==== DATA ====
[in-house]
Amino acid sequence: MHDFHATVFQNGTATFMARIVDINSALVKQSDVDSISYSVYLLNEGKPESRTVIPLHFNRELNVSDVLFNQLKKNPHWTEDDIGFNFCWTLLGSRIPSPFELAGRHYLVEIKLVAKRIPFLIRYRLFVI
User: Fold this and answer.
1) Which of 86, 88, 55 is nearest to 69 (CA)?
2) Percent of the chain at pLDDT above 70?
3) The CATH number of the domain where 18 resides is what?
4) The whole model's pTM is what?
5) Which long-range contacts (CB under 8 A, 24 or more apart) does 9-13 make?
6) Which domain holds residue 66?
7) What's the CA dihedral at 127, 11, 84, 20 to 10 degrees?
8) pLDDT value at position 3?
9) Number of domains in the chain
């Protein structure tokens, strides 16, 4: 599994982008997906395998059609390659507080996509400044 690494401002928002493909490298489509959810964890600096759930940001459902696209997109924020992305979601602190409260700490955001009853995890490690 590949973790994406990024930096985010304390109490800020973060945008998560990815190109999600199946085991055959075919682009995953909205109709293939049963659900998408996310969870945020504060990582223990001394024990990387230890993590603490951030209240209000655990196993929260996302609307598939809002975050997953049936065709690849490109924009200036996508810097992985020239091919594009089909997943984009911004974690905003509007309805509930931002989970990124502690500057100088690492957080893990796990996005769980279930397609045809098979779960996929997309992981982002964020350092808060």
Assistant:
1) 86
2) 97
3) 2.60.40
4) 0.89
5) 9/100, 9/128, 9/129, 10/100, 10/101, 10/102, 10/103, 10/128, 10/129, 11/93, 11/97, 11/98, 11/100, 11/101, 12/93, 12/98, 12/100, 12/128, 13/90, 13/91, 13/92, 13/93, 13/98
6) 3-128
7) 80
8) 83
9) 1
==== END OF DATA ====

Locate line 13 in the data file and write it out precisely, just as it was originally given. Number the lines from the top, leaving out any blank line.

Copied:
């Protein structure tokens, strides 16, 4: 599994982008997906395998059609390659507080996509400044 690494401002928002493909490298489509959810964890600096759930940001459902696209997109924020992305979601602190409260700490955001009853995890490690 590949973790994406990024930096985010304390109490800020973060945008998560990815190109999600199946085991055959075919682009995953909205109709293939049963659900998408996310969870945020504060990582223990001394024990990387230890993590603490951030209240209000655990196993929260996302609307598939809002975050997953049936065709690849490109924009200036996508810097992985020239091919594009089909997943984009911004974690905003509007309805509930931002989970990124502690500057100088690492957080893990796990996005769980279930397609045809098979779960996929997309992981982002964020350092808060």